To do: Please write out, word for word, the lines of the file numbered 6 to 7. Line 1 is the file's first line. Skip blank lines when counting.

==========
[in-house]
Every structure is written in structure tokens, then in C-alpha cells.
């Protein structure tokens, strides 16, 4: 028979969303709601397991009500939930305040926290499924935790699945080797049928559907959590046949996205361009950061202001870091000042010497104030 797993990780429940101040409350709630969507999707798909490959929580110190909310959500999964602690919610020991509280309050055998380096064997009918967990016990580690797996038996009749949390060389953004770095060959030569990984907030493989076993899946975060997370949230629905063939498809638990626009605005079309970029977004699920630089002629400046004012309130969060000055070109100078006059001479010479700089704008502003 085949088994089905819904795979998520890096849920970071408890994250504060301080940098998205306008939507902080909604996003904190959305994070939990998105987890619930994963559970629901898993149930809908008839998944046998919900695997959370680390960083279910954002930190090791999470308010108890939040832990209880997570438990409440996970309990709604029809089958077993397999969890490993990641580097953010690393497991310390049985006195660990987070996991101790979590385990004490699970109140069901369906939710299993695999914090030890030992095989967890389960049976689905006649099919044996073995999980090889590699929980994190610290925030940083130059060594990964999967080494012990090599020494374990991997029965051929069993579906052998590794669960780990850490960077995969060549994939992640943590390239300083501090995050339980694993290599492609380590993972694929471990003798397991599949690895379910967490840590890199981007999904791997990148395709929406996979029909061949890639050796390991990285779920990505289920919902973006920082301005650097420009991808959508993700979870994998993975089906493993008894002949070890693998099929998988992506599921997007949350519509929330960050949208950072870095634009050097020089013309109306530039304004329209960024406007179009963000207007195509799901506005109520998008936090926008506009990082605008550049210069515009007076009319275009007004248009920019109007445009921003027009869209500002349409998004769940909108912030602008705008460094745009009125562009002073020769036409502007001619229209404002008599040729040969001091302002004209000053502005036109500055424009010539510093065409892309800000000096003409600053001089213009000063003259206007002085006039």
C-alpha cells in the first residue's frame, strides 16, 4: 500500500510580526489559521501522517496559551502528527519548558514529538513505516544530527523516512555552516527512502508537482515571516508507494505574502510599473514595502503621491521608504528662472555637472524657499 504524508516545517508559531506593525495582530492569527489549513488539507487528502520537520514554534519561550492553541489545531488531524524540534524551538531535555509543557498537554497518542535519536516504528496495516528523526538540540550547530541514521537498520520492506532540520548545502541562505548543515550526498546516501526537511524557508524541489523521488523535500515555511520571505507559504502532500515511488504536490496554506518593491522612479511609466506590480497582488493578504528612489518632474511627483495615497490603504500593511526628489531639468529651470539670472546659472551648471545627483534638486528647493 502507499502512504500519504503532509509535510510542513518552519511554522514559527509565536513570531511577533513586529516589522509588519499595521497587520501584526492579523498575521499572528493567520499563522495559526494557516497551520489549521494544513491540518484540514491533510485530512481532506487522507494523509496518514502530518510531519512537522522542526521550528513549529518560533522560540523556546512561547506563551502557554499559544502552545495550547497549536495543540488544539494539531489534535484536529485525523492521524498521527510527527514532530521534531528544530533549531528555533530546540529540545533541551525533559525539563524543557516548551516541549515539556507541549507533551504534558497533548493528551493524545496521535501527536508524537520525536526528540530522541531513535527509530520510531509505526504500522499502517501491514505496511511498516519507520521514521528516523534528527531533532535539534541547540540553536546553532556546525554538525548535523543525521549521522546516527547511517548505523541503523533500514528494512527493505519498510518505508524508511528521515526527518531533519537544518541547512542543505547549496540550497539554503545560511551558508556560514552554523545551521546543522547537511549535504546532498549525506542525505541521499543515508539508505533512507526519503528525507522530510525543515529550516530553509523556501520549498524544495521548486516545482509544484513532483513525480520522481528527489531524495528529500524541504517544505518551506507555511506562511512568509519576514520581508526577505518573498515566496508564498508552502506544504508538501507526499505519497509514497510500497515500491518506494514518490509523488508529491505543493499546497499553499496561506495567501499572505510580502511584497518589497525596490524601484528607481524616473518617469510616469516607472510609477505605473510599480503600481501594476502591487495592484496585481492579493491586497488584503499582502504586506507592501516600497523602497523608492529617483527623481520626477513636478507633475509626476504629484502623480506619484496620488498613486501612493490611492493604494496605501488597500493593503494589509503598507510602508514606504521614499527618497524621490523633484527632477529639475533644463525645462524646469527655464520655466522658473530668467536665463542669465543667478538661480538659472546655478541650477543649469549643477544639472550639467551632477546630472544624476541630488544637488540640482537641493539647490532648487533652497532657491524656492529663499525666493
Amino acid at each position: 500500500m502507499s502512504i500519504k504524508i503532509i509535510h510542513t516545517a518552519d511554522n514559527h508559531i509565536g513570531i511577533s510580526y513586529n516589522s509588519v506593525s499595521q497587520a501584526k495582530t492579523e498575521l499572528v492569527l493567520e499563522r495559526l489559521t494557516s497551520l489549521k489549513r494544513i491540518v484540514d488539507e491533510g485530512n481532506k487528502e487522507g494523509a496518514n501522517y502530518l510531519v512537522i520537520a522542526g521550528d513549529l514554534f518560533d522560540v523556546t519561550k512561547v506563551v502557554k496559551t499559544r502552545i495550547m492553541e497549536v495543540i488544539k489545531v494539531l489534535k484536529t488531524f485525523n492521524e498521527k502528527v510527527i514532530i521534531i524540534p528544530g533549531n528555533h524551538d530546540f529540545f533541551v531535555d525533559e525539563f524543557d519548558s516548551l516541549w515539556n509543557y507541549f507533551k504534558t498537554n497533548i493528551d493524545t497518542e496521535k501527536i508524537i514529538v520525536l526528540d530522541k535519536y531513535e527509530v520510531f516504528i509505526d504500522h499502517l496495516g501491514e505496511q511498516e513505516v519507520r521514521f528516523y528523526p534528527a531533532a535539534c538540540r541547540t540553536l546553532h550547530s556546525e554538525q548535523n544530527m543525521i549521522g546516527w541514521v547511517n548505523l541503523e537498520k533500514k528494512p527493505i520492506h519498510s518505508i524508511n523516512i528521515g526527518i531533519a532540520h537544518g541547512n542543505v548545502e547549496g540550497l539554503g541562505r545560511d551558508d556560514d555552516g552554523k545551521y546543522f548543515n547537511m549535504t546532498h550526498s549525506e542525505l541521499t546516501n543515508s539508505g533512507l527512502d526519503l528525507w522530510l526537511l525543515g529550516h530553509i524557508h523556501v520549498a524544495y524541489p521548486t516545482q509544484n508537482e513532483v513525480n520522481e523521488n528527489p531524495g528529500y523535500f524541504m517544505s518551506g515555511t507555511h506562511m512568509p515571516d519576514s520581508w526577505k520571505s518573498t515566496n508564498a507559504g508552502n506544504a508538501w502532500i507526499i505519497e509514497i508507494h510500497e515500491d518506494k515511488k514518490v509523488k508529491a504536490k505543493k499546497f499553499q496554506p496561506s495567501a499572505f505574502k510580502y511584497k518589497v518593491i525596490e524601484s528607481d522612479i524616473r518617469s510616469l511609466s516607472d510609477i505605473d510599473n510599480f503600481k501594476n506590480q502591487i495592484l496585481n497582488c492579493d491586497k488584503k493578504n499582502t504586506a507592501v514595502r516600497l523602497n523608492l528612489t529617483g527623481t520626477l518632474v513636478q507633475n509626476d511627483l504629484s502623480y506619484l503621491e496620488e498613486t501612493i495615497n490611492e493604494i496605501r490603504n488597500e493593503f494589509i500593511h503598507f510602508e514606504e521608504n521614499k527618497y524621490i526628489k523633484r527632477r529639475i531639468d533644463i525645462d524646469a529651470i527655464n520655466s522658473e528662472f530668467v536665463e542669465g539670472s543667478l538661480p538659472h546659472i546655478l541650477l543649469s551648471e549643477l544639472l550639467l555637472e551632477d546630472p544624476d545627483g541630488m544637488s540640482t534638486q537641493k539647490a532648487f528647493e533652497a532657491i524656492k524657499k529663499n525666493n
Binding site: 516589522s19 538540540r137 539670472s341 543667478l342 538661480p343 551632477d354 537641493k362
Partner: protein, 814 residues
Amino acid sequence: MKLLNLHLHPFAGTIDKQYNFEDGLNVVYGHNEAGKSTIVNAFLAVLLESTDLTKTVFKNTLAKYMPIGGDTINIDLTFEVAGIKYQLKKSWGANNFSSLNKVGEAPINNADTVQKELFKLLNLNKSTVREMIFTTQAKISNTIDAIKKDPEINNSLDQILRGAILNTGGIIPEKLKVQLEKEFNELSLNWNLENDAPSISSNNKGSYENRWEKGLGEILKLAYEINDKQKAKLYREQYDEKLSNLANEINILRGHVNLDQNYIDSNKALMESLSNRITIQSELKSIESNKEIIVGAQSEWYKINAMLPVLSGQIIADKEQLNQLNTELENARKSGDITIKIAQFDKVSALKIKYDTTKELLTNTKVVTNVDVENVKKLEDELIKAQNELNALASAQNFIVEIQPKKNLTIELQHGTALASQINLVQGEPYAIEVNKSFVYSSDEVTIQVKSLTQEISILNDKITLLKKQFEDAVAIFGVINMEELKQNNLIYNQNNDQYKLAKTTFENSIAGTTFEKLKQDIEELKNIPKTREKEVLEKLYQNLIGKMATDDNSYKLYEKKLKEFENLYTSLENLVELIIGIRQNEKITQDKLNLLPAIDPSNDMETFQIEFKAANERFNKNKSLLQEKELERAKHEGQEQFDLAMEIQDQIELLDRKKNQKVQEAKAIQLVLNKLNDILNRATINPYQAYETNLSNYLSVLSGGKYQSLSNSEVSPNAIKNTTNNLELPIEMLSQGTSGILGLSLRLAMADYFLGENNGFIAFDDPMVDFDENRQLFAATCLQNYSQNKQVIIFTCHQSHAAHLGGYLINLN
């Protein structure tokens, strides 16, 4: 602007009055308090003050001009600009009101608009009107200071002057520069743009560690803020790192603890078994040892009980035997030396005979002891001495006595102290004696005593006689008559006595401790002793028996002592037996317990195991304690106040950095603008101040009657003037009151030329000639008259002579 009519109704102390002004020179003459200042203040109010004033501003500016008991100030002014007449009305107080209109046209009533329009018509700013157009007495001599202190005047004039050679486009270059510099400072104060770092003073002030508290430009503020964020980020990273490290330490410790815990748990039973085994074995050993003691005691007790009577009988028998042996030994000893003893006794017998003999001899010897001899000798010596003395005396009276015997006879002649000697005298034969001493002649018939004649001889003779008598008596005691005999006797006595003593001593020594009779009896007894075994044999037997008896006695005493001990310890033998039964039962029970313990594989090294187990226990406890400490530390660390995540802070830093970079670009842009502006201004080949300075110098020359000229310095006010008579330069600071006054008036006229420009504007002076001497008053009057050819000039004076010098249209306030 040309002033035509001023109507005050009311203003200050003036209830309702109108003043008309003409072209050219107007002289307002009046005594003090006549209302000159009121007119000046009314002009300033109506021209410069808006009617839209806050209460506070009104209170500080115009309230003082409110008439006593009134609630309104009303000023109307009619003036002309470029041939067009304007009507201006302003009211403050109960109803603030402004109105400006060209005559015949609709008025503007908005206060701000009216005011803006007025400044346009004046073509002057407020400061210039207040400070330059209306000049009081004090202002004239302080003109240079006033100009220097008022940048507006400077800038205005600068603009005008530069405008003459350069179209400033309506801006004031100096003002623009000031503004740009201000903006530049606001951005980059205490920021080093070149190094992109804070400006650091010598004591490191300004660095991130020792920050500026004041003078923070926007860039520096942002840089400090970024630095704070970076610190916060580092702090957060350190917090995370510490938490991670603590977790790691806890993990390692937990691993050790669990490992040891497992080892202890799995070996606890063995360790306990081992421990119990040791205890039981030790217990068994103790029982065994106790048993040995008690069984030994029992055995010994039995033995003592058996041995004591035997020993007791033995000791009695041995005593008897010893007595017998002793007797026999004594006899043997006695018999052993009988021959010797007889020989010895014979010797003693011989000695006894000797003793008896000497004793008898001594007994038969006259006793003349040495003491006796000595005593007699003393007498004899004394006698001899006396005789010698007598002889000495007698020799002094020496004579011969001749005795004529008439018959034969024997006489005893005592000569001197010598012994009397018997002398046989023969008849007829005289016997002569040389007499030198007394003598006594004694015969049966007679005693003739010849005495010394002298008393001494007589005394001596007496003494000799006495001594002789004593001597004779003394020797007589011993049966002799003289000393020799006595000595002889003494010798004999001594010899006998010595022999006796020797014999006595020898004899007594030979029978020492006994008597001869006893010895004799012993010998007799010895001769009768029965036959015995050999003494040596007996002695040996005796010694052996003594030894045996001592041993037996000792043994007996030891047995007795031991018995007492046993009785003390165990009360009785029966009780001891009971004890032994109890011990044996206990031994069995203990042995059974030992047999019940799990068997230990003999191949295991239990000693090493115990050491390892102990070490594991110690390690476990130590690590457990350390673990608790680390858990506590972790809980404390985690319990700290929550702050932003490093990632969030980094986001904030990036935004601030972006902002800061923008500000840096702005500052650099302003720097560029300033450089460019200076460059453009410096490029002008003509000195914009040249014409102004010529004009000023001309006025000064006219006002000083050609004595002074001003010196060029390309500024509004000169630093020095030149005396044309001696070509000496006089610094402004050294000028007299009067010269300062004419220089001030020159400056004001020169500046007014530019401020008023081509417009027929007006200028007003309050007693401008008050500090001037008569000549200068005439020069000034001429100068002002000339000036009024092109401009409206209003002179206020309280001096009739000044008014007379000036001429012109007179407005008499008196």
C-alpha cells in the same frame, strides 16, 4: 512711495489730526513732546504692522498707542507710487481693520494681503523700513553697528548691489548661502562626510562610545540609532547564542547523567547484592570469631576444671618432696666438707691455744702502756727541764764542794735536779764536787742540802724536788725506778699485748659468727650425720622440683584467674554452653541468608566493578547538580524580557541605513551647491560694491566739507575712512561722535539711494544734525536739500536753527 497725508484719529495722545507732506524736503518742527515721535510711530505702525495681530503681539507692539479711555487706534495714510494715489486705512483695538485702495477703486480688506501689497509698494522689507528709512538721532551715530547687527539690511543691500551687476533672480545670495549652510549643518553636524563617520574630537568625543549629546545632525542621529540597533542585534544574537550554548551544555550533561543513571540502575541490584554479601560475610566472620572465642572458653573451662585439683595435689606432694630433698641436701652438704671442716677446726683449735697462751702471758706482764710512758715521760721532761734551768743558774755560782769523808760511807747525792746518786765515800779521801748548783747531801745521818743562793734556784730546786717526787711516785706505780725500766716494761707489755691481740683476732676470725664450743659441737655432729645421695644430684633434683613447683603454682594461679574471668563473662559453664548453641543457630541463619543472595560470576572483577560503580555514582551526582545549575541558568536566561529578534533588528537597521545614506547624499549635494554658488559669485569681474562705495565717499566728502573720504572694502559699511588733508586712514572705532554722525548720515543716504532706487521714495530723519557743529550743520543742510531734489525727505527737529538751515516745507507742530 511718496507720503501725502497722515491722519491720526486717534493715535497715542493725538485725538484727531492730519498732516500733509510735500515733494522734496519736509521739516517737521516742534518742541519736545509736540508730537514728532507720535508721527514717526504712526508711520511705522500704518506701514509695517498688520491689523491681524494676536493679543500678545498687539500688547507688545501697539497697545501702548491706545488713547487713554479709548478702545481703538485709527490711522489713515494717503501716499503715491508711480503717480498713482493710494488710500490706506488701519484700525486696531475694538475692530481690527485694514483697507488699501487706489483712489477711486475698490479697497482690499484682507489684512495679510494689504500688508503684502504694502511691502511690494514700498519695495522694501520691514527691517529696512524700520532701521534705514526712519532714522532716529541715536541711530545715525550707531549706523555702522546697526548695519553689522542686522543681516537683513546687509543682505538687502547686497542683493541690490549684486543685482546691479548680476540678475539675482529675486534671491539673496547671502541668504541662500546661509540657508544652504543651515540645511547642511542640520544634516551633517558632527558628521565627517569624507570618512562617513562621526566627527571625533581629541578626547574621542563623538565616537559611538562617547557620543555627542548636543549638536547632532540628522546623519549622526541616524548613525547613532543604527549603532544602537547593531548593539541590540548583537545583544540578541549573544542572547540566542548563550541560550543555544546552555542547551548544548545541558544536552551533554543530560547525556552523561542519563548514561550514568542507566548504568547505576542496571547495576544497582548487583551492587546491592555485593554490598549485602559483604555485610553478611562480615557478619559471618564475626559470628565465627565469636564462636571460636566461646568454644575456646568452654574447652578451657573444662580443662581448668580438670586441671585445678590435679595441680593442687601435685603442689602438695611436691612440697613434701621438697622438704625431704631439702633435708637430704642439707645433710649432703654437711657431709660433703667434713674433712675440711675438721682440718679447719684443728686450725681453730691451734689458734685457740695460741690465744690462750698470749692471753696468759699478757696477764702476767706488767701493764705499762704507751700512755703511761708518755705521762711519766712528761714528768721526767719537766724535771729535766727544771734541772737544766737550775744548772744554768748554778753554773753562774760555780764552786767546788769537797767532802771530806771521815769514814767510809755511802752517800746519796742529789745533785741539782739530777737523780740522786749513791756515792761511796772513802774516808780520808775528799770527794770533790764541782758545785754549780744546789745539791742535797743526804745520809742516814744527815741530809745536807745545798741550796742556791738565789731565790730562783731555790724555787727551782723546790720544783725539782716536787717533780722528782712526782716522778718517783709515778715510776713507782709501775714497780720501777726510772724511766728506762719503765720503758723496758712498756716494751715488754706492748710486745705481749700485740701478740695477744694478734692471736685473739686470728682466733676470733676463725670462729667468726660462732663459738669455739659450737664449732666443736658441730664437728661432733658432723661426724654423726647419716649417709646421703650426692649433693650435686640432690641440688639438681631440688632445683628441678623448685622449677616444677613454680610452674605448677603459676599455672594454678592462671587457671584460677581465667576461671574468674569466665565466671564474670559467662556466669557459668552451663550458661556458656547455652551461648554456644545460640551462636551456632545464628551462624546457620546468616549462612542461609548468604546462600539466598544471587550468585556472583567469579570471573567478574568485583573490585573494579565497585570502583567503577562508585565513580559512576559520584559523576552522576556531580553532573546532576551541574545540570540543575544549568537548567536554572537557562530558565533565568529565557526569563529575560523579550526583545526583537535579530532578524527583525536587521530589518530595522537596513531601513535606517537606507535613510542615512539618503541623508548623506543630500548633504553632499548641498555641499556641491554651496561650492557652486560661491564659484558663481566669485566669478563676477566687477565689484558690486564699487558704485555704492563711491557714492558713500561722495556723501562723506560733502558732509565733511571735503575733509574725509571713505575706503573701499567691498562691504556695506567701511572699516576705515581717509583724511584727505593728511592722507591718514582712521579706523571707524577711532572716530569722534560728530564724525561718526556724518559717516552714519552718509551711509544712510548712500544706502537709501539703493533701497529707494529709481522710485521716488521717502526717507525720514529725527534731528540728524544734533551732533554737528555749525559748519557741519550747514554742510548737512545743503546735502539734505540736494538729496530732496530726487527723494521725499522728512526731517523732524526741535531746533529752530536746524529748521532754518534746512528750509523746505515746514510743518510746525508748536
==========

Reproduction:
Binding site: 516589522s19 538540540r137 539670472s341 543667478l342 538661480p343 551632477d354 537641493k362
Partner: protein, 814 residues